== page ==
Contact forms are a fairly standard feature on websites and WordPress makes it easy to add one to yours using a shortcode. Learn how to configure the contact form shotcode and add it to a page. You'll also learn that contact forms are not guaranteed secure and should not be used to send sensitive information.
- [Voiceover] A fairly standard feature of a website is a contact form. And in this movie, I'd like to walk you through how you can add one to your site. First, I'm gonna create a page and title it Contact. I'll go ahead and publish it. Next, I'm gonna get a little help. From my profile, I can click on the help section and then I'll do a search for contact form. This brings up some great documentation on how I can add a contact form to my site, and we're gonna follow these instructions together. WordPress has built-in shortcodes we can use to create our contact form.
If you're not familiar with the term shortcode, it's a WordPress specific code that lets you do awesome things with very little effort. Shortcodes can embed files or create things that would normally require lots of complicated code. Think of a shortcode as as shortcut. So here's the shortcode for a basic contact form. Let's break this down. We can see that the form is wrapped in this contact form shortcode. Within that are the various form fields. In this case, one for name, email, website, and a comment area.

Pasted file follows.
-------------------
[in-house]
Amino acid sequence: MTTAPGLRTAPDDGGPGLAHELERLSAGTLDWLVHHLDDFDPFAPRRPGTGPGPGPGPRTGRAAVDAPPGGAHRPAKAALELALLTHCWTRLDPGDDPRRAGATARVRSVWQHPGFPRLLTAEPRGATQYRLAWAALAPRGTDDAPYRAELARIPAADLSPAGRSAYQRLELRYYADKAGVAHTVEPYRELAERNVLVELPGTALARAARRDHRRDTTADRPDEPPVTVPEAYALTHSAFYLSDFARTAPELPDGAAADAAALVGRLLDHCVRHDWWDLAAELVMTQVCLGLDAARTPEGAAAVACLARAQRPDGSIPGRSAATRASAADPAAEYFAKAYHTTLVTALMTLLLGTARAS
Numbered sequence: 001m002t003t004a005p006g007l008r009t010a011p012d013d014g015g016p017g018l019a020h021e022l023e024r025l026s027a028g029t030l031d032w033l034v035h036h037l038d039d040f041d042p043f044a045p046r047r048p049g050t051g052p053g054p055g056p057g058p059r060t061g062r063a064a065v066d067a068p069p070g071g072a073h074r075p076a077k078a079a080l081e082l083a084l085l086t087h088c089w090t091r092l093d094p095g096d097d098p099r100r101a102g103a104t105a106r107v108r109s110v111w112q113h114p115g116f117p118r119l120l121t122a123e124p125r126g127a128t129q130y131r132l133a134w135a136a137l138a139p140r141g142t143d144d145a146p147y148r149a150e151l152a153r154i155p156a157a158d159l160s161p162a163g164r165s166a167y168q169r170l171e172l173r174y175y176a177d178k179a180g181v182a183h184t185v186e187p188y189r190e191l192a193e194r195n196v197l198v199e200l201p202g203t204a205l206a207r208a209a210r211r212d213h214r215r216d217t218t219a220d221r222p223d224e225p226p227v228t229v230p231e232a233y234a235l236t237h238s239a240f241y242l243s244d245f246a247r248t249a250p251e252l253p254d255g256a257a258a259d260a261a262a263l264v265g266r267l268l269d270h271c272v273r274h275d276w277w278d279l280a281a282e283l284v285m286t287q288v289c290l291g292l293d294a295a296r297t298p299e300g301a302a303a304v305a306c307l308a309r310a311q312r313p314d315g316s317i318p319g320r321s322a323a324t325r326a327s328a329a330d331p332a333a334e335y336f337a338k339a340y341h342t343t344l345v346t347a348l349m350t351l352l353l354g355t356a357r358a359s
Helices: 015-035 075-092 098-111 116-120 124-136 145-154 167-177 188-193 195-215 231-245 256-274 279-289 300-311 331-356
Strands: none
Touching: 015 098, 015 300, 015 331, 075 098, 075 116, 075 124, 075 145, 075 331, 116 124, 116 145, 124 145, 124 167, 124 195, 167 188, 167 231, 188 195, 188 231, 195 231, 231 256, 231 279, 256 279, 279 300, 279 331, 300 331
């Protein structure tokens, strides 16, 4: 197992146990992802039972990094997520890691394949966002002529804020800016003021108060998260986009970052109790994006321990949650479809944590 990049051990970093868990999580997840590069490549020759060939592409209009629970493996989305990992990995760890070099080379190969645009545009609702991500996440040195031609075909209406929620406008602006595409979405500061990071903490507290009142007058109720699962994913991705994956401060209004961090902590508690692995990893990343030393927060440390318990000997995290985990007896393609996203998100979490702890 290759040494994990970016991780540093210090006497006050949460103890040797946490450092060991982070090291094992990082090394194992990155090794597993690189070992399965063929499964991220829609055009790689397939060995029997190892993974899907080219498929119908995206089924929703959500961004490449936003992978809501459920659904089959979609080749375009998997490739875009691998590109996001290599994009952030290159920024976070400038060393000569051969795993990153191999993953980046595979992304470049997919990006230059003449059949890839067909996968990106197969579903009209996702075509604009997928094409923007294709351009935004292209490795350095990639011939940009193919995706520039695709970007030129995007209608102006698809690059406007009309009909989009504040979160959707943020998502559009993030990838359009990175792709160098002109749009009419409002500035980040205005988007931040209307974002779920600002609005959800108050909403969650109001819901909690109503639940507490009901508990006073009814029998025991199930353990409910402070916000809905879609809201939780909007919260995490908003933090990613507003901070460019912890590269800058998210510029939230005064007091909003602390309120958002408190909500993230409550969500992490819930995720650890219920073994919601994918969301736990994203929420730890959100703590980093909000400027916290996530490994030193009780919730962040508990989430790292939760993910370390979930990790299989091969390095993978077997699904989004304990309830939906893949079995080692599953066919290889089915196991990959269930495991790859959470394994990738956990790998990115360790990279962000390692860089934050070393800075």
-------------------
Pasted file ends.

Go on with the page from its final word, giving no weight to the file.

I'm gonna go ahead and copy this entire thing and then paste it into my contact page. I'll go back to my site, find the contact page, and click on the title to edit it. Then I'll paste in the contact form. For my example, let's say I don't care about website. So, I can just go ahead and remove that line. Let's save this and take a look. I can do that by using this View Page button. You might wonder why the name and email fields are already populated. That's because I'm logged in. If your site visitors are logged in to wordpress.com, the form would pre-populate with their information.
If they're not logged in, these fields would be empty. So yeah, that's a good looking form. So, let's say I want to change this label. I can do that by going back to the shortcode and replacing this text. I'll click Update and then let's view it again. There I can see the text has been updated. The last thing I need to do is tell this shortcode where to send a notification when this form is submitted. Going back to the documentation, I can see there's an option for that. I can add to to the opening contact form shortcode.
I can even add a subject line if I wanted. I'll add that, save it, and now whenever this form is filled out, I'll get an email notification. Pretty cool, eh? One giant disclaimer to make here. Information sent by email is not secure. Don't use this form to submit any sensitive information, like credit card numbers. Okay, that was my public service announcement. To see what other options you have for contact forms, just check the support documentation.
- Creating a WordPress.com account
- Updating your profile
- Importing content
- Publishing posts
- Applying categories and tags to posts
- Inserting images, videos, and other media
- Creating a new page
- Customizing your site with themes and widgets
- Managing users, notifications, and comments
- Using WordPress.com apps
- The limits of WordPress.com and the benefits of self-hosting